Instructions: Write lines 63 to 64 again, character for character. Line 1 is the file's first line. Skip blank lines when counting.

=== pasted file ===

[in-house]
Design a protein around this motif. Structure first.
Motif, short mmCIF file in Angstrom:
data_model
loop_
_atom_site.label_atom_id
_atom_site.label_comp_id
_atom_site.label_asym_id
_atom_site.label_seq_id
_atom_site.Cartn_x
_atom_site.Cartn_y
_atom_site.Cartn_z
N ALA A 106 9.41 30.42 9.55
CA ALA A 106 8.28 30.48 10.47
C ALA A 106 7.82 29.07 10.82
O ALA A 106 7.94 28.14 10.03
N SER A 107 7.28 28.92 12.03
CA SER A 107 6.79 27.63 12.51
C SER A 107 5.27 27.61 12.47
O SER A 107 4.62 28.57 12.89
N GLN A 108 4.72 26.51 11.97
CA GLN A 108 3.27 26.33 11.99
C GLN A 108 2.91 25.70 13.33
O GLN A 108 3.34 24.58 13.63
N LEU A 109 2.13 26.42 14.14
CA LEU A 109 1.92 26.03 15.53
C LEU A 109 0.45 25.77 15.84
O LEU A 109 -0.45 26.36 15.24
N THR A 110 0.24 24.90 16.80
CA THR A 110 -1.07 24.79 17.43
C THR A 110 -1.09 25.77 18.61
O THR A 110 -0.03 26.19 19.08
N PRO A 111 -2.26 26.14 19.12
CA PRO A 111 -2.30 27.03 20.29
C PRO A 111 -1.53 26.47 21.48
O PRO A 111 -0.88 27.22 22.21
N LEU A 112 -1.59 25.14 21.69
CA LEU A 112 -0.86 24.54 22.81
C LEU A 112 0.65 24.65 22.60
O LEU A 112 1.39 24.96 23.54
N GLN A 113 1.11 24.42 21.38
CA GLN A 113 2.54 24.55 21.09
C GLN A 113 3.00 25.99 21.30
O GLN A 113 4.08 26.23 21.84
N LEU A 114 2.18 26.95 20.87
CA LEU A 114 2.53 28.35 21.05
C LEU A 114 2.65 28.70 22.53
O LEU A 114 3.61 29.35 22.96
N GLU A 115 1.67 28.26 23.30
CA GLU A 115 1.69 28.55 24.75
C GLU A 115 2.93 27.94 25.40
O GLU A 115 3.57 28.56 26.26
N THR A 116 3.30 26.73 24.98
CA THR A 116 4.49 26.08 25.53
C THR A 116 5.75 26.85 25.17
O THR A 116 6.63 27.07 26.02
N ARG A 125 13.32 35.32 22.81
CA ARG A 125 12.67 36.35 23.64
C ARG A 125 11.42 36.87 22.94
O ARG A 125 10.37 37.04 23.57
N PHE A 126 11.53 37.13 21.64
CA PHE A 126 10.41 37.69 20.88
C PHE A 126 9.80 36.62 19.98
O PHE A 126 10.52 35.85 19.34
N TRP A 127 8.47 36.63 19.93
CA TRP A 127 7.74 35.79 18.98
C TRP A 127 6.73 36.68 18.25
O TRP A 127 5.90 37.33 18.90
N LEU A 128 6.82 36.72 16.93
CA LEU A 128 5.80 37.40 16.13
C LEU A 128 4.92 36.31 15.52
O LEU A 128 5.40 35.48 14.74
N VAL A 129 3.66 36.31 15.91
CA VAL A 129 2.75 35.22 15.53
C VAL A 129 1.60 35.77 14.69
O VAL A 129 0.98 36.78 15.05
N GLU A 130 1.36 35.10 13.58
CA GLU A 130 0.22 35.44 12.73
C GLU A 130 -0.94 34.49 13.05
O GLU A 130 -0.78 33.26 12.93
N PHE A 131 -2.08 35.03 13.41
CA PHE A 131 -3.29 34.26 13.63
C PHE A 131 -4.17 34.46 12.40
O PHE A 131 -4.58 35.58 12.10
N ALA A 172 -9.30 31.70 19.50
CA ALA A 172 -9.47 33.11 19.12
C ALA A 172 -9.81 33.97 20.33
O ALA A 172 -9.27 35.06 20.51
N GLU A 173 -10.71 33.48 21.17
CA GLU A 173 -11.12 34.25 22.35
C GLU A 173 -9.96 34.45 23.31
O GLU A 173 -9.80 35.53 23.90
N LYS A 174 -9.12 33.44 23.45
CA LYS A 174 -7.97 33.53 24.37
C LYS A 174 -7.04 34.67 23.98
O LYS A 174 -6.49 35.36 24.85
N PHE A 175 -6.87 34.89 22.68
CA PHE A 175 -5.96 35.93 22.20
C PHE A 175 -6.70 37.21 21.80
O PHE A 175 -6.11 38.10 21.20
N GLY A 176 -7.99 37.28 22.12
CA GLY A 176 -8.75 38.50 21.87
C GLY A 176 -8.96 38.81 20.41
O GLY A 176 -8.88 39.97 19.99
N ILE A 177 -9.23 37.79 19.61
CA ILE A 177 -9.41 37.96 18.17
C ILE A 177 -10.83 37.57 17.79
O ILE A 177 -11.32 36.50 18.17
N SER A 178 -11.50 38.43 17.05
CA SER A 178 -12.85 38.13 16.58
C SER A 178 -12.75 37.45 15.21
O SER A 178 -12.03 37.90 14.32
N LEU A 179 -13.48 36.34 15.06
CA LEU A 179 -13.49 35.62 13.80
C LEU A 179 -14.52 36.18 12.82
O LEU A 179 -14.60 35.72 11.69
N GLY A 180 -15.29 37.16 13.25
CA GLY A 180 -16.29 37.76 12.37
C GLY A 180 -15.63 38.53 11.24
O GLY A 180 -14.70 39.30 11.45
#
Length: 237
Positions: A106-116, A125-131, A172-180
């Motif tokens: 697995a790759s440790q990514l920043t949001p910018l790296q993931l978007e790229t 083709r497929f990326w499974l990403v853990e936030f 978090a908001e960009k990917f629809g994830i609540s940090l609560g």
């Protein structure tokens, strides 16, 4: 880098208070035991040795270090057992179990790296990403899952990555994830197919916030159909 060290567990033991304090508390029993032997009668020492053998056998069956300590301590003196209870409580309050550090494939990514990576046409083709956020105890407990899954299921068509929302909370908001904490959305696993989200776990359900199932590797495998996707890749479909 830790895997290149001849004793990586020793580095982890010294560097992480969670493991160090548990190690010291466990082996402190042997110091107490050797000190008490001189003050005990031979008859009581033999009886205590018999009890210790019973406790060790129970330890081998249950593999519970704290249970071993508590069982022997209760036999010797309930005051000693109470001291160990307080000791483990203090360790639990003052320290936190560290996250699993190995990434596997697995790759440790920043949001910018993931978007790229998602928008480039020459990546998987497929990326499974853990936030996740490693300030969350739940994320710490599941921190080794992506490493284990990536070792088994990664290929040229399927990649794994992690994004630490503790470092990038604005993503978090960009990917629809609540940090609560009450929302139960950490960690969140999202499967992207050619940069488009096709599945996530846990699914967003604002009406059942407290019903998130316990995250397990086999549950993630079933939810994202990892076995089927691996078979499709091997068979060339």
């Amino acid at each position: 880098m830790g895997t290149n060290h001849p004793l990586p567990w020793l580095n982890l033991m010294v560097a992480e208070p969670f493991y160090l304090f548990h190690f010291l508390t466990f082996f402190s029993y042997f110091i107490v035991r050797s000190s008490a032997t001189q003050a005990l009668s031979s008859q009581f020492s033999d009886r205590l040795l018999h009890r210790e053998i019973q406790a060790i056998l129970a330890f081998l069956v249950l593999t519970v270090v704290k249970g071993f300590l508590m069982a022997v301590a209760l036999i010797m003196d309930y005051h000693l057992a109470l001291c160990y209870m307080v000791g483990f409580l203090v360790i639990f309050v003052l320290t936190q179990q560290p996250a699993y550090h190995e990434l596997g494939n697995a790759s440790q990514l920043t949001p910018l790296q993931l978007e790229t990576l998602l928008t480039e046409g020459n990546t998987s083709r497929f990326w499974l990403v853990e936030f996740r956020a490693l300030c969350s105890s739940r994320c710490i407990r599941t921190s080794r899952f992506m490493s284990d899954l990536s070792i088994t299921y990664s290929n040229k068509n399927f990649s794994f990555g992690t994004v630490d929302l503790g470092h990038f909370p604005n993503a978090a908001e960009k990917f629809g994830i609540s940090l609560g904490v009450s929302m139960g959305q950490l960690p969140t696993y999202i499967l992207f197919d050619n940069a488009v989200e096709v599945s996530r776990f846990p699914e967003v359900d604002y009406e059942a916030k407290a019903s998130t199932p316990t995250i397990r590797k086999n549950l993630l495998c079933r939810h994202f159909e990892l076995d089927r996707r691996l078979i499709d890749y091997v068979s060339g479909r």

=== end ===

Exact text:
C PHE A 126 9.80 36.62 19.98
O PHE A 126 10.52 35.85 19.34